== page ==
Review by: Paolo Tellano
Source/choice of tips/cables:
Ibasso DX120 (High Gain, Super slow roll off)
Kabutips by Kabutech Customs
FLACs and DSDs
Price: $145 (approximately ₱7650)
Introduction on the maker
Matthew Marcelo (https://www.facebook.com/matmatth95), is a local DIYer. He converts/terminates cables, reshells, and, most importantly, creates IEMs. He does all of these on his own. That’s probably the reason why the production on the
INM 1 would inevitably be slow. A couple of individuals in the audio community are already in touch with him. A lot of them has given him praises for the INM 1. Give him a personal message on his Facebook account, he’ll be more than pleased to let you borrow a demo unit. That’s if it isn’t on tour. Lolz
I was in no way paid by Matthew or anyone affiliated with him. At best, he paid the shipping of the demo unit so I can review it. So kudos to him for that. Also, his IEM will be my temporary “departing” gear. I tried to rid myself of every bias because I really love this IEM. It’s not perfect, but if you like its strengths and view its apparent “weaknesses” as given characteristics, you’d be quite surprised what this humble DIY IEMs can bring to the table.
It comes in a rugged looking hardcase. Inside the following can be found: 1 pair of Spinfits (medium), a thick cable, and the IEMs themselves. As the maker says, it’s just straight up audio. No gimmicks here. Tip-rolling will be highly dependent on the customer.
I asked the maker about the materials used for the cable. All he told me was Canare L-4E5C Mini-Star-Quad. I’m not a hardware dude, but all I can say is that these are thick. I loved this fact because you can take it out and about. You can let the maker know if you want earguides on them or not. The splitter looks (and feels) like it is made from metal. Strain relief is adequate, you don’t really need it because these cables are tough and thick. Aesthetically, nothing is really popping out. In my opinion, these are great for people who are commuting. It’s sturdy plus it isn’t prone to tangling either.
Fit and build
My only nitpick with the fit is the protruding feeling. The shell is a bit large. Some of my friends who have smaller ears had trouble keeping them in place. But for me and my gigantic ears, these IEMs fit really well. Indeed, it seems to branch out of my ears. However, the right tips (Small Kabutips) gave me one of the most comfortable fits I’ve tried. I had no problem keeping these in my ears, alongside hours of playback. So yes, the fit is a hit or miss. Good thing it was a hit for me.
The build is excellent! The shells don’t feel like glass that I need to keep an eye on every minute. Again, perfect for beaters. These can take the grind, especially for people who don’t take care of their gear that much. To add to that, the cables won’t break on you anytime soon. I feel like these can be used to strangle someone.
The INM 1 is a neutral to bright sounding IEM. It’s probably for people who value their clarity more than low-frequency fun. It’s not thick-sounding nor does it have a huge perceived stage.
Average depth, it doesn’t rumble too much. Quantity is average but well defined. It seemed to reach adequately in Drake’s “God’s plan”, nothing mind blowing in the extensions and quantity really. On the bright side, it paves way for the rest of the frequencies to shine.
It’s not punchy. What’s unique about its mid bass is that it’s not overly tight. The decay is quite natural. Some IEMs tend to have such a quick decay that it sounds unnatural. That isn’t the case here. Nathan Azarcon’s bass licks sound so natural and detailed on these.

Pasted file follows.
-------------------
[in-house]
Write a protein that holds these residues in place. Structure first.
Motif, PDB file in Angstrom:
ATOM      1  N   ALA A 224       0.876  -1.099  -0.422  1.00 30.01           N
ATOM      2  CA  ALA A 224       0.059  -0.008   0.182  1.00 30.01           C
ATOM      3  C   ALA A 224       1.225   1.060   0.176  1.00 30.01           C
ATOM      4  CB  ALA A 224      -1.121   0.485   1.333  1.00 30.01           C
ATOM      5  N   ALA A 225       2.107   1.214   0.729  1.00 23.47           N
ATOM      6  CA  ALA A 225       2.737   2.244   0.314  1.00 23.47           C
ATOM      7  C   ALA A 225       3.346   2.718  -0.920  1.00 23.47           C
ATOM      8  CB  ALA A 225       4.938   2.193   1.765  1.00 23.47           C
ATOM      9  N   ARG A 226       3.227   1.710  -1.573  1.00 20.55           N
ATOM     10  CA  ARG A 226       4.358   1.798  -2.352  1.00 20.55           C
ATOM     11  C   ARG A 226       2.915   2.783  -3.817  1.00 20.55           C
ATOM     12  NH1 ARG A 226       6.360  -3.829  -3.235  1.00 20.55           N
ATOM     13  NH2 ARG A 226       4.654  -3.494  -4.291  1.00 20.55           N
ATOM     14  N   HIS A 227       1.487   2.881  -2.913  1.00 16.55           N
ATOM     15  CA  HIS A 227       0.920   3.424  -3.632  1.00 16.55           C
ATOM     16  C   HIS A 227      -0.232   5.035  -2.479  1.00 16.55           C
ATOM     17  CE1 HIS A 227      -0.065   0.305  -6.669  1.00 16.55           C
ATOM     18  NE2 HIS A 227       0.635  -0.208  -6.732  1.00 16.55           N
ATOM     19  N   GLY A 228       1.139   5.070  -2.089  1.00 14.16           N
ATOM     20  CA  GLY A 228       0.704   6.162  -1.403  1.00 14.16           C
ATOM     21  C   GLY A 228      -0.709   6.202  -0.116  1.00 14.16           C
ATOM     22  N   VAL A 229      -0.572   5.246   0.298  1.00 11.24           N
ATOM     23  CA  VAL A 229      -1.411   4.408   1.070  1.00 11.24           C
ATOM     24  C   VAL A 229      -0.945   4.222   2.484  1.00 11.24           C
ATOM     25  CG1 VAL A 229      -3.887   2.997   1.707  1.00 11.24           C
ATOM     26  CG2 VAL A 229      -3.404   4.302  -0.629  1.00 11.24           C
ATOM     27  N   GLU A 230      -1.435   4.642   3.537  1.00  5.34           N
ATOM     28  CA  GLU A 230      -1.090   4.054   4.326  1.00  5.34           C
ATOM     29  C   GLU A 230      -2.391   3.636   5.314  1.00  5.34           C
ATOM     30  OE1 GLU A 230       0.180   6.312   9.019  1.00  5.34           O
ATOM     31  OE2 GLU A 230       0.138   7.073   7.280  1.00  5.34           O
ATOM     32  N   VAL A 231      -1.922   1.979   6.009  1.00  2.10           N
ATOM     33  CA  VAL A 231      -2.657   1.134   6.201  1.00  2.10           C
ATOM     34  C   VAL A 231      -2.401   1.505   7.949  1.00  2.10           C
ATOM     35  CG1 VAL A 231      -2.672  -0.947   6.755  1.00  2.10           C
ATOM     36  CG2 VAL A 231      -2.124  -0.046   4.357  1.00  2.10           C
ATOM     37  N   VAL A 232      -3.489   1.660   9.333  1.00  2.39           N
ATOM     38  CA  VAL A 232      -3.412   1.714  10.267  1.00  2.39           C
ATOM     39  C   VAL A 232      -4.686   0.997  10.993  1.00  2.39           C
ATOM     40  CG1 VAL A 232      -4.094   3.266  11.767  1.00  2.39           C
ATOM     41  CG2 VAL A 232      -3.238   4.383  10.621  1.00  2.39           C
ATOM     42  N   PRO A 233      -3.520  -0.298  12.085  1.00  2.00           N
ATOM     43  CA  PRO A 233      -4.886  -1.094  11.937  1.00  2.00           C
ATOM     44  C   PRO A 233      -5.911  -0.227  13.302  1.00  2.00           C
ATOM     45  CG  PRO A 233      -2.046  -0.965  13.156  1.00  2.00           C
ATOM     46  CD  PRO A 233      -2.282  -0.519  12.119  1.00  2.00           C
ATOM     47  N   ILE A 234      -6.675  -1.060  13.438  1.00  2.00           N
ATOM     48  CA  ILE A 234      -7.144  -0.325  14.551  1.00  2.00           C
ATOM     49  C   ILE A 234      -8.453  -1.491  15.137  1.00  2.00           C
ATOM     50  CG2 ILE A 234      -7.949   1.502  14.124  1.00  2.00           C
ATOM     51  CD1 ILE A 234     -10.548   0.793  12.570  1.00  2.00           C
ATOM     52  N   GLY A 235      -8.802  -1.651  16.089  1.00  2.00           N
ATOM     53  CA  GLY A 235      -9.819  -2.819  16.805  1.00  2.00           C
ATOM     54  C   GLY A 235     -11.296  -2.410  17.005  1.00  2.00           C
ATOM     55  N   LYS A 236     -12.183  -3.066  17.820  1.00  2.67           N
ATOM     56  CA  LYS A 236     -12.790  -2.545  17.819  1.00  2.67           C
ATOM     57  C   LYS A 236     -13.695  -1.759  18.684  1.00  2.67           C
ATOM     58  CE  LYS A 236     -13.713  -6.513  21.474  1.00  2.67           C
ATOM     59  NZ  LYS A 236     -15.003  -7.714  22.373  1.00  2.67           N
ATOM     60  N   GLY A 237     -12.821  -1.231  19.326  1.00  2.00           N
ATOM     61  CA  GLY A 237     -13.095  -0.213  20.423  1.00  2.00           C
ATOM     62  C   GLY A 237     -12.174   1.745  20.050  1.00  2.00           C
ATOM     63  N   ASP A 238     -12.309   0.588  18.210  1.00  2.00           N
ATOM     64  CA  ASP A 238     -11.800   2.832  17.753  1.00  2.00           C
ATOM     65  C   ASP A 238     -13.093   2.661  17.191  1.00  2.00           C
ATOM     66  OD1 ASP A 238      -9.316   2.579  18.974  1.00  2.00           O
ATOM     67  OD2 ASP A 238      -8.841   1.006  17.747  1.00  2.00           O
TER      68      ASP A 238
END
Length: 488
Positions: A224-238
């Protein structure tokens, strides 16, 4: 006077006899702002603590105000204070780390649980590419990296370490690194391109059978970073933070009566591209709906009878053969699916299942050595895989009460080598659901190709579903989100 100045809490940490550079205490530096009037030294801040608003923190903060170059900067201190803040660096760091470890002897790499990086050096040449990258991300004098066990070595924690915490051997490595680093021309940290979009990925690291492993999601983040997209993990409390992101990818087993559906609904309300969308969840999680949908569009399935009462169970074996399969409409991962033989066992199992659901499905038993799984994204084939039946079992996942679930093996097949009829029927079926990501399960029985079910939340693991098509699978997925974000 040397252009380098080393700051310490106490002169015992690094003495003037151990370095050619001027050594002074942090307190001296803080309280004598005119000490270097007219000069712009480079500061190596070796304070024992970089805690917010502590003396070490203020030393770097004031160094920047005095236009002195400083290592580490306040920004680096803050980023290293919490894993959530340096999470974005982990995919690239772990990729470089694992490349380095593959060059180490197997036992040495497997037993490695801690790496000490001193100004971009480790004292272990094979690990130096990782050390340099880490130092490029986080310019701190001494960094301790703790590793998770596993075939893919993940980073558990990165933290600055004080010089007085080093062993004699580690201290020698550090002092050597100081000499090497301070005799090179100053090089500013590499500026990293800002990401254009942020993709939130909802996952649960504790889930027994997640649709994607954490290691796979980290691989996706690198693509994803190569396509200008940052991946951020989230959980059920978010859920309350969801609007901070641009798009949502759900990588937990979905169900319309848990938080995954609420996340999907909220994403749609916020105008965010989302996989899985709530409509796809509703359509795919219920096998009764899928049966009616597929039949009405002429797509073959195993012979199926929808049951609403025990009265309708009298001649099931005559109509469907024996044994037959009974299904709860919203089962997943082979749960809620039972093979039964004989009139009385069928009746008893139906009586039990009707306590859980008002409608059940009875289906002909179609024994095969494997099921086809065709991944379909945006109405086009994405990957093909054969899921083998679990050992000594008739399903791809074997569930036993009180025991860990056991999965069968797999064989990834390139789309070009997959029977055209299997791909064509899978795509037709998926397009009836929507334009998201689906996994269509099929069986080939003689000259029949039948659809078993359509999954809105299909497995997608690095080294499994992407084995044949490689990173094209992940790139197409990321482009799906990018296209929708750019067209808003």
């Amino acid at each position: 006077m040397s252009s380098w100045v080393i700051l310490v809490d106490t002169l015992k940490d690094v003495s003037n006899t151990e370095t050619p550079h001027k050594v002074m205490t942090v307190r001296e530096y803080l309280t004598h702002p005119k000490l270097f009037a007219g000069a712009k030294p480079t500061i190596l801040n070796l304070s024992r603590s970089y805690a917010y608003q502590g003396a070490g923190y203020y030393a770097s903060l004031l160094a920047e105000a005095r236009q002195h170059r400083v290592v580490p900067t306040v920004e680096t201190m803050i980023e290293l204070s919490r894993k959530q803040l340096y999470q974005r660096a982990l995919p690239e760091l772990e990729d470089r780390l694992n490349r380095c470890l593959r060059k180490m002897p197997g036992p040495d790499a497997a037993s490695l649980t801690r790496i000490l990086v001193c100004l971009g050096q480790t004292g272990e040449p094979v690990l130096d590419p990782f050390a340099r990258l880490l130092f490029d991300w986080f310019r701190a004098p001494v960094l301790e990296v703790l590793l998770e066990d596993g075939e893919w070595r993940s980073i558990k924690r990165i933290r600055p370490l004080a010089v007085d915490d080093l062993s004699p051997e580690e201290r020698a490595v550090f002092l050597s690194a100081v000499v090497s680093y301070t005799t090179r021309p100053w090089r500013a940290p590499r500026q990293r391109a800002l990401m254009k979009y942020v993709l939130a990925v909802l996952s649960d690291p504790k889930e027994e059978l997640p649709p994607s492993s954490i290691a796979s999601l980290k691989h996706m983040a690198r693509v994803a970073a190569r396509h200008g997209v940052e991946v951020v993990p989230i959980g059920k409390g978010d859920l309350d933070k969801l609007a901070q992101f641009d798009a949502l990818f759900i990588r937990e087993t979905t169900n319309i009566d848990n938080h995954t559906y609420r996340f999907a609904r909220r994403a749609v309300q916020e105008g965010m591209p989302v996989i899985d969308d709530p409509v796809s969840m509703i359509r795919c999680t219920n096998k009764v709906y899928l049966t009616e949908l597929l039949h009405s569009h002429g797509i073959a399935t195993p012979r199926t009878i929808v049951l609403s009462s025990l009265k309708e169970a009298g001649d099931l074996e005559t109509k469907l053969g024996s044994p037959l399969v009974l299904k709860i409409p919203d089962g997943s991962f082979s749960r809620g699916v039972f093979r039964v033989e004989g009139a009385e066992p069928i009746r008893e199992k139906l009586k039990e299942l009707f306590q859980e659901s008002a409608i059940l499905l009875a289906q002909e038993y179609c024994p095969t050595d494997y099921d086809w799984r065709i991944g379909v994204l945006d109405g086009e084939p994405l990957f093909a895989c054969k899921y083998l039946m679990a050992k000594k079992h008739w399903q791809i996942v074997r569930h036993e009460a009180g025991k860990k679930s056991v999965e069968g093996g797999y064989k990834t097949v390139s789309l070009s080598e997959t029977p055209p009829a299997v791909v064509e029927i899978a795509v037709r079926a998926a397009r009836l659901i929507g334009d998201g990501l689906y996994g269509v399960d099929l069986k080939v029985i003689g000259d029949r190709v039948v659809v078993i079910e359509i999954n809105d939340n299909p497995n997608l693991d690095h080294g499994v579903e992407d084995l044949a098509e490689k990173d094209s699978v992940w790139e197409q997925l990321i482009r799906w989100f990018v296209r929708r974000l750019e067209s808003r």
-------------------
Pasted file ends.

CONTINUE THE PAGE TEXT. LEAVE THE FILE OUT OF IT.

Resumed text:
My favorite part of this IEM. It’s not full-bodied nor is it too forward. I had a friend that critiqued it for being too flat. In my opinion, it’s clean and accurate. The response can be quite analytical in some tracks (check: 50 ways to leave your lover – Bamboo). Also, Bruno Mars’ track called “Too Good To Say Goodbye” and “Chunky” usually have really upfront vocals in some of the IEMs I used to own. However, that wasn’t the case with the INM 1. Here, it’s detailed but it sounds lean. Female vocals are positioned more forward than male vocals.
I hear a bit of a peak in this frequency. Especially with snares (check: Readymade – Red Hot Chili Peppers), my sensitive area. But it’s just nearing a bit harsh but it never really got bad in my opinion. This frequency and the treble saved this IEM from sounding too analytical.
My treble-tester has always been Michael Jackson’s tracks. This IEM is able to bring about great treble extension with quite a lot of shimmer without sounding too sibilant. Michael Jackson’s “You Rock My World”, specifically the early bridge part, was well rendered in the treble region. All details are present but it never did sound harsh, but do take note that I have high treble tolerance.
Soundstage and Imaging
It’s more wide than it is deep. It doesn’t have a colossal stage but imaging and separation are good. Instruments are separated adequately. It’s not holographic in any way. Stage is a bit narrow.
This IEM is one of the best you can bag for under $200 (Around ₱10,000). I wouldn’t say it’s DM6 complete but it is more neutral than it. It’s more neutral than the Toneking T4 and the imaging and separation aren’t excellent. However, the attraction for me is how clean and transparent it sounds without overrepresenting any of the frequencies (just a tad bit of emphasis in the upper mids and treble). It’s an inch or two away from being analytical, but I love it. People who love their low frequencies might find these a bit too flat. Lastly, it was just too comfortable for me. I mean sound is of primacy, but if I can get both sound and comfort I’d really be convinced. The INM 1 proves that DIY is getting better and better. That’s in every aspect (i.e. sonically, pricing, and build quality).